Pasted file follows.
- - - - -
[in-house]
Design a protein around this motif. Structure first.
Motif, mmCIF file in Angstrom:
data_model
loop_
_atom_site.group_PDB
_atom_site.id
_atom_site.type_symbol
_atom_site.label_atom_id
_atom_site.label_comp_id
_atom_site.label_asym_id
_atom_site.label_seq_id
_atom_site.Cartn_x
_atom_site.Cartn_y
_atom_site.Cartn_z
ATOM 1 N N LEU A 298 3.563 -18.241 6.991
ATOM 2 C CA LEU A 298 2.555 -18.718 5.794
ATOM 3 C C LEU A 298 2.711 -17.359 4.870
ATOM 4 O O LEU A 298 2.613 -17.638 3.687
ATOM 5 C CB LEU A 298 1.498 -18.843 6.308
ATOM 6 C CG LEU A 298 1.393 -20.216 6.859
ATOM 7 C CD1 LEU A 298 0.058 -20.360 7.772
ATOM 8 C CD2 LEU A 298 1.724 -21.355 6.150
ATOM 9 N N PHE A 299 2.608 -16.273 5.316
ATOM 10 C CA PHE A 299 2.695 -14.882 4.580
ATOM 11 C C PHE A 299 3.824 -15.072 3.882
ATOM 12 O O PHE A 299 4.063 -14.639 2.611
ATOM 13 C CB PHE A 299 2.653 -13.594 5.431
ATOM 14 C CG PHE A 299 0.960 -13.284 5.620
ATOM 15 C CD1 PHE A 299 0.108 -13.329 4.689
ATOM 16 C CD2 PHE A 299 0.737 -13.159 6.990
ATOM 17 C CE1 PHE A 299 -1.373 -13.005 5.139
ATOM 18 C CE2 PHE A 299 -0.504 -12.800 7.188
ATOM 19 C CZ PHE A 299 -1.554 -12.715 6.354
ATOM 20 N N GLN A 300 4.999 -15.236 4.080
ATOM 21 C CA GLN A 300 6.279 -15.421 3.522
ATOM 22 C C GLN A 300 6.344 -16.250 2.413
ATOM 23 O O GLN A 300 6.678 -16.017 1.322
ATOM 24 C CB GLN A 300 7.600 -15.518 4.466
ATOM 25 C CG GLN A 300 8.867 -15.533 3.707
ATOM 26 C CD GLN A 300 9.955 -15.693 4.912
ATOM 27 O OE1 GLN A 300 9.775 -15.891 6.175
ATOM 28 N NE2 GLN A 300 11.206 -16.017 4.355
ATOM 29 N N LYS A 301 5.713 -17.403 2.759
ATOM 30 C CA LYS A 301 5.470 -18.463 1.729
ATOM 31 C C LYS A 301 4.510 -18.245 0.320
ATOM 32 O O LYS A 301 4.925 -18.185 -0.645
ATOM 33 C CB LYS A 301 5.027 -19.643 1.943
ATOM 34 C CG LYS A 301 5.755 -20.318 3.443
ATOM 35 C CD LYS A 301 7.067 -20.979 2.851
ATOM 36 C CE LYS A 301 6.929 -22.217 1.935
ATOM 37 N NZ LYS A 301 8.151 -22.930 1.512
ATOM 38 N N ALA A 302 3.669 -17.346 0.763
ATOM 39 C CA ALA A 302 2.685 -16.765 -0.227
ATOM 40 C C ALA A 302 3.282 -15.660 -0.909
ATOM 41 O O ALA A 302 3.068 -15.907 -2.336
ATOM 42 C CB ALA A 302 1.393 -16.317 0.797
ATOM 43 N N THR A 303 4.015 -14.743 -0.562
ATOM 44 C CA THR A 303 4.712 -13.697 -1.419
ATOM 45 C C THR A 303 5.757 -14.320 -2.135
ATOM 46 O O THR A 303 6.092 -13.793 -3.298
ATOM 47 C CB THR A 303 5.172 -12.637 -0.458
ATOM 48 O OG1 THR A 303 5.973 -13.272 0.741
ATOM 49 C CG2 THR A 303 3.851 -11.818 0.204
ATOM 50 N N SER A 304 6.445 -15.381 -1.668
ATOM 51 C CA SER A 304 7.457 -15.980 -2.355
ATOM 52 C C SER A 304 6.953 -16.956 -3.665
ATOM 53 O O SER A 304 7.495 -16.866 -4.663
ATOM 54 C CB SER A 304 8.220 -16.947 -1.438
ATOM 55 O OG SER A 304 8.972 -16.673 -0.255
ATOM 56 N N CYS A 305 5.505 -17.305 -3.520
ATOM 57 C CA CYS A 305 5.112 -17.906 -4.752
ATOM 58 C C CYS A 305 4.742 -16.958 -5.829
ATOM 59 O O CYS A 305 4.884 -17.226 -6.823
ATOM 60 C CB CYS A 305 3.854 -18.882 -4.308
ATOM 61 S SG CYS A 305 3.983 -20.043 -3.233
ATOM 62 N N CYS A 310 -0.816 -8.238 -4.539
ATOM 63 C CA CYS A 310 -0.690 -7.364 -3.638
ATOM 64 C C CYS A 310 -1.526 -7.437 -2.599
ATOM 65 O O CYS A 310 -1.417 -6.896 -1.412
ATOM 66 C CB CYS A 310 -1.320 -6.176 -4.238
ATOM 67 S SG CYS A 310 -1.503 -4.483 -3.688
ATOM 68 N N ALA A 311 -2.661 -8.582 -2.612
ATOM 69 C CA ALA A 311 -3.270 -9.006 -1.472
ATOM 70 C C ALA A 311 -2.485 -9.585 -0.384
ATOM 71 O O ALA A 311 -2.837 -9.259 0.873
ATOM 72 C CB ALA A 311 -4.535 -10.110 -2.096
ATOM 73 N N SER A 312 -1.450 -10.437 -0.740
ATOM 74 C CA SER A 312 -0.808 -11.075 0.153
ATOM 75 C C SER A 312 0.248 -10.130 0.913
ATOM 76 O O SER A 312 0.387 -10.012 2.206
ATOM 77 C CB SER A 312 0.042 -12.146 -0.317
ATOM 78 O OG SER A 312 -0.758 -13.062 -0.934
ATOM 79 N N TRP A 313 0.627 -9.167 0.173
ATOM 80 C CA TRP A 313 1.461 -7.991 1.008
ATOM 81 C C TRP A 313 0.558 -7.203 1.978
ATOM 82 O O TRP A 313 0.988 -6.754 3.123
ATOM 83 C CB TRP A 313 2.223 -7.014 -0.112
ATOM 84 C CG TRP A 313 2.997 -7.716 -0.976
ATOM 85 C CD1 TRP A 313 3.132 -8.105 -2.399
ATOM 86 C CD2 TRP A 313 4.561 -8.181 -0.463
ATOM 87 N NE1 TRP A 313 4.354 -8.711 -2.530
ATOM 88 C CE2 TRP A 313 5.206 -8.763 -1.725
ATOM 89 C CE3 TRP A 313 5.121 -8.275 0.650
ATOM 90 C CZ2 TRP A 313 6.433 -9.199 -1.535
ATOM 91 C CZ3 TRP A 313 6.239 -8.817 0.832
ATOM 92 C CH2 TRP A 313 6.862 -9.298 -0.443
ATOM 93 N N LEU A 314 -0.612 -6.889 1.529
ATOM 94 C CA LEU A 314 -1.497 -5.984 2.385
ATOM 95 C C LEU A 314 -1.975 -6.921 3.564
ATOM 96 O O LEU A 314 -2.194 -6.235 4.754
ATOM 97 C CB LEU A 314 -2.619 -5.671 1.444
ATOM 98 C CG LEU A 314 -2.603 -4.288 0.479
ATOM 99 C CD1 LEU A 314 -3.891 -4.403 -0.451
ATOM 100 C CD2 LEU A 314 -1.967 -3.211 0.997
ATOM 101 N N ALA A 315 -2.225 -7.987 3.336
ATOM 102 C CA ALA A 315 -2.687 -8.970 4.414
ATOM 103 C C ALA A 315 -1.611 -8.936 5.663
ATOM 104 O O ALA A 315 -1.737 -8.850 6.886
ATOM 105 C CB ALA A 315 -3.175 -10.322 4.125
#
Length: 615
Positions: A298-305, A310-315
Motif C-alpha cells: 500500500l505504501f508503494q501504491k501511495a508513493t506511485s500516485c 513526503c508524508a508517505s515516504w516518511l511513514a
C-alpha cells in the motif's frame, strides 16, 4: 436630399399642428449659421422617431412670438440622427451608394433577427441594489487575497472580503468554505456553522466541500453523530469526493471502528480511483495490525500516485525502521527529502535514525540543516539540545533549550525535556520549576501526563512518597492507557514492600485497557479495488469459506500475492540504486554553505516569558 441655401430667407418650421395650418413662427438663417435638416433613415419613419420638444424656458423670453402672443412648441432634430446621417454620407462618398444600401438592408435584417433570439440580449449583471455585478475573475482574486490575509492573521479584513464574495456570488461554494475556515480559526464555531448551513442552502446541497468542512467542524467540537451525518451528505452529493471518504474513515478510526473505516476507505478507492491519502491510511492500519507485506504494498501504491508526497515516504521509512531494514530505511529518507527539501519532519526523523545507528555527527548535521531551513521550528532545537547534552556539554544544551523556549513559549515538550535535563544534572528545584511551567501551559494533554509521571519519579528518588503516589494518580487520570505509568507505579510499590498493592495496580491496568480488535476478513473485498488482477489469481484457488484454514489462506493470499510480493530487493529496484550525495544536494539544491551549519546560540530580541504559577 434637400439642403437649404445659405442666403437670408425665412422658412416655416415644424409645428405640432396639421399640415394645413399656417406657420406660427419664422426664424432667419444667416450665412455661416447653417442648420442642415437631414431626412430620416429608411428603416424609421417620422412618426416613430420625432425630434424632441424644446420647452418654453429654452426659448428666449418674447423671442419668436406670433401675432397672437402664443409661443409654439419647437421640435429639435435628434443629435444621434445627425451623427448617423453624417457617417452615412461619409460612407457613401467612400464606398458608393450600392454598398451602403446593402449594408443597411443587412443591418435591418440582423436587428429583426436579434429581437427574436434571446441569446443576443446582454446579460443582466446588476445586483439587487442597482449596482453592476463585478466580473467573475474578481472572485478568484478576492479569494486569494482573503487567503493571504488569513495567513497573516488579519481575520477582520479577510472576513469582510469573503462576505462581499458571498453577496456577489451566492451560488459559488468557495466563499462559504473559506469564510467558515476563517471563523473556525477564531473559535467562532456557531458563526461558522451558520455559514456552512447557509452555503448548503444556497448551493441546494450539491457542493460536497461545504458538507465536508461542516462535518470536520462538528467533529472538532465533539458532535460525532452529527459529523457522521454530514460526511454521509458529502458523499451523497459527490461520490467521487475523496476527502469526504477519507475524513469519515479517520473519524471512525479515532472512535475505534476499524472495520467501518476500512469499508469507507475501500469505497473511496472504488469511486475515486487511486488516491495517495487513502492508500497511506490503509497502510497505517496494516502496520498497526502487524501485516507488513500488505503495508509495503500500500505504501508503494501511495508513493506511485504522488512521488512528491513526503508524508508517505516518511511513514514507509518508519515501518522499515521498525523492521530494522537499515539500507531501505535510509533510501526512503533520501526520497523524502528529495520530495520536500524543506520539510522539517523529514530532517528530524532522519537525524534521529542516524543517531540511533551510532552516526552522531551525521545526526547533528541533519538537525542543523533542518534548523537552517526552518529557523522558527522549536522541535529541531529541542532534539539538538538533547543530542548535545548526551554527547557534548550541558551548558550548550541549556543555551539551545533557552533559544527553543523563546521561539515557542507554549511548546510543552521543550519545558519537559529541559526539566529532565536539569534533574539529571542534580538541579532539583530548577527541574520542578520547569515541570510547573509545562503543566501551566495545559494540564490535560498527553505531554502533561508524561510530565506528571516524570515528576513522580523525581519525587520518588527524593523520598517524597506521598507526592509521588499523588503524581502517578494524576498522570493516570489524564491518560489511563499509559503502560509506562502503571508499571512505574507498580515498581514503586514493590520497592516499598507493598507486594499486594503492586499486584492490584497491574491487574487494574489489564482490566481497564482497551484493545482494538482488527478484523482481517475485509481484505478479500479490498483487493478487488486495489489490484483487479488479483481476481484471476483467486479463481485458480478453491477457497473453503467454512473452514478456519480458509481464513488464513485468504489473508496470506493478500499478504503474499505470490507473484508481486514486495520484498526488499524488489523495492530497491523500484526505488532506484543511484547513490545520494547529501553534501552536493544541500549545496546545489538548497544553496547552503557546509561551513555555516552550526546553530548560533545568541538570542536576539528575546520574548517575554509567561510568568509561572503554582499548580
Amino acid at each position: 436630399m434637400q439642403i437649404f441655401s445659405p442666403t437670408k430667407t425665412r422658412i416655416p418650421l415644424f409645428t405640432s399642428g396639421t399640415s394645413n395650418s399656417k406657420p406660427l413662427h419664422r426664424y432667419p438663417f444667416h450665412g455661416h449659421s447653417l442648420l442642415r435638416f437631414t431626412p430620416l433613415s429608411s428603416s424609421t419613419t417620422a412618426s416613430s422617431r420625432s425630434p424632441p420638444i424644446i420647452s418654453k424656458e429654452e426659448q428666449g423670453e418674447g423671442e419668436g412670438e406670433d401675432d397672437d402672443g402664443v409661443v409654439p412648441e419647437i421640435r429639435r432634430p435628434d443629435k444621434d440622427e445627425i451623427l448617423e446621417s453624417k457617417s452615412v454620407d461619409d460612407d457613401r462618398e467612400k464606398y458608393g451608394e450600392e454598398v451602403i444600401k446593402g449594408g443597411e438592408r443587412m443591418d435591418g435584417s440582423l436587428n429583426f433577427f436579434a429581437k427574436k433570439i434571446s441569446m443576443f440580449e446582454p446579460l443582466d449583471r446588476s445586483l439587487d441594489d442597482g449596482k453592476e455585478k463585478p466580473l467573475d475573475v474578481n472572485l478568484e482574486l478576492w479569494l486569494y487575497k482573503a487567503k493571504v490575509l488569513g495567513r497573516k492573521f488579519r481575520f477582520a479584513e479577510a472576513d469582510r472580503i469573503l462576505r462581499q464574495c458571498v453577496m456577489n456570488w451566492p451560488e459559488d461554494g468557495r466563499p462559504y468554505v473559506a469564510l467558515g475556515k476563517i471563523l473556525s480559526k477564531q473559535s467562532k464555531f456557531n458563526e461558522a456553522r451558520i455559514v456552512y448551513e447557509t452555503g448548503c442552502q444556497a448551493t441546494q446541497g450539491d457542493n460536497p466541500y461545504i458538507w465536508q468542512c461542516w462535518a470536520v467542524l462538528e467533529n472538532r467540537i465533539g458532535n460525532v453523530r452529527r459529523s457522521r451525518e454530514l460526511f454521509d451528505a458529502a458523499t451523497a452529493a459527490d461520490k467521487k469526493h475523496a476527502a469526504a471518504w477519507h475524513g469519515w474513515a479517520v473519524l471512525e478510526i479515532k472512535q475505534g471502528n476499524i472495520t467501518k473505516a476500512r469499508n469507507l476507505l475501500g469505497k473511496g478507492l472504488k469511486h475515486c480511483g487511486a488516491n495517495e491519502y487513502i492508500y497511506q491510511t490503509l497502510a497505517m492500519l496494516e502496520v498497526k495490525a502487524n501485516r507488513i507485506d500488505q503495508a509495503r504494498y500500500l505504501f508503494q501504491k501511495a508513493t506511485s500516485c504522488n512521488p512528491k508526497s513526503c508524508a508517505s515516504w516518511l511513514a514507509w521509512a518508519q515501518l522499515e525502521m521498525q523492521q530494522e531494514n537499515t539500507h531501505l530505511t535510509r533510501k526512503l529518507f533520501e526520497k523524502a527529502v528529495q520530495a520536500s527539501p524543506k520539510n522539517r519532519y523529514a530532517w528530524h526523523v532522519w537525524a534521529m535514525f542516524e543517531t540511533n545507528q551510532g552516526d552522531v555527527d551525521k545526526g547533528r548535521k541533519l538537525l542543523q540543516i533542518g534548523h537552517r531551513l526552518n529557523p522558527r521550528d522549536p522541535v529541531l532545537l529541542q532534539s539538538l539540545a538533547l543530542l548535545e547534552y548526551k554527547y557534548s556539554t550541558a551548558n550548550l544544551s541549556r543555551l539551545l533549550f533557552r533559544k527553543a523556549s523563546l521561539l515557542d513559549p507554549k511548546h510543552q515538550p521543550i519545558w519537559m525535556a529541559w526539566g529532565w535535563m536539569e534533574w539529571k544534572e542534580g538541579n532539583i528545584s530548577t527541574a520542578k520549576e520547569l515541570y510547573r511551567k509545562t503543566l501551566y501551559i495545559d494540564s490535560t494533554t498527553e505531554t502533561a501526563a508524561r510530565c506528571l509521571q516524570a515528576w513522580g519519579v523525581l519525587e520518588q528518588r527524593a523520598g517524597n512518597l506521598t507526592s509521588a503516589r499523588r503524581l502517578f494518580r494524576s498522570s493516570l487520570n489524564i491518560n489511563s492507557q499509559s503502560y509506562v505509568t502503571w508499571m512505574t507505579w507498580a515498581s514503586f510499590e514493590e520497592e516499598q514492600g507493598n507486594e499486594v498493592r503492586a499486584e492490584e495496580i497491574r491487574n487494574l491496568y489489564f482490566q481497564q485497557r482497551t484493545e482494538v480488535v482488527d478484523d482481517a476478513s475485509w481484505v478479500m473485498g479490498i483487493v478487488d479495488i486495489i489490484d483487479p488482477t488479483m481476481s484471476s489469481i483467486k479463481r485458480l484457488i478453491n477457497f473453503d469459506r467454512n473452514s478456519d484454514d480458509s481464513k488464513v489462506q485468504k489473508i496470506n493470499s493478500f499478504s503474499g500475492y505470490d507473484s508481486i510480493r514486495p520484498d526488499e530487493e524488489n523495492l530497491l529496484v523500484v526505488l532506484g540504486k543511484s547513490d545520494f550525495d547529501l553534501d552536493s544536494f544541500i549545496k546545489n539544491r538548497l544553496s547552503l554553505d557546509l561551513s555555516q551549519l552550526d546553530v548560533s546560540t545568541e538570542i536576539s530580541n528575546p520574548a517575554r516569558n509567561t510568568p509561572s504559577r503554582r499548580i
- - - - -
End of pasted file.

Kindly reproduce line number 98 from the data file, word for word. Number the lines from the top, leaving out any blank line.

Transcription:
ATOM 83 C CB TRP A 313 2.223 -7.014 -0.112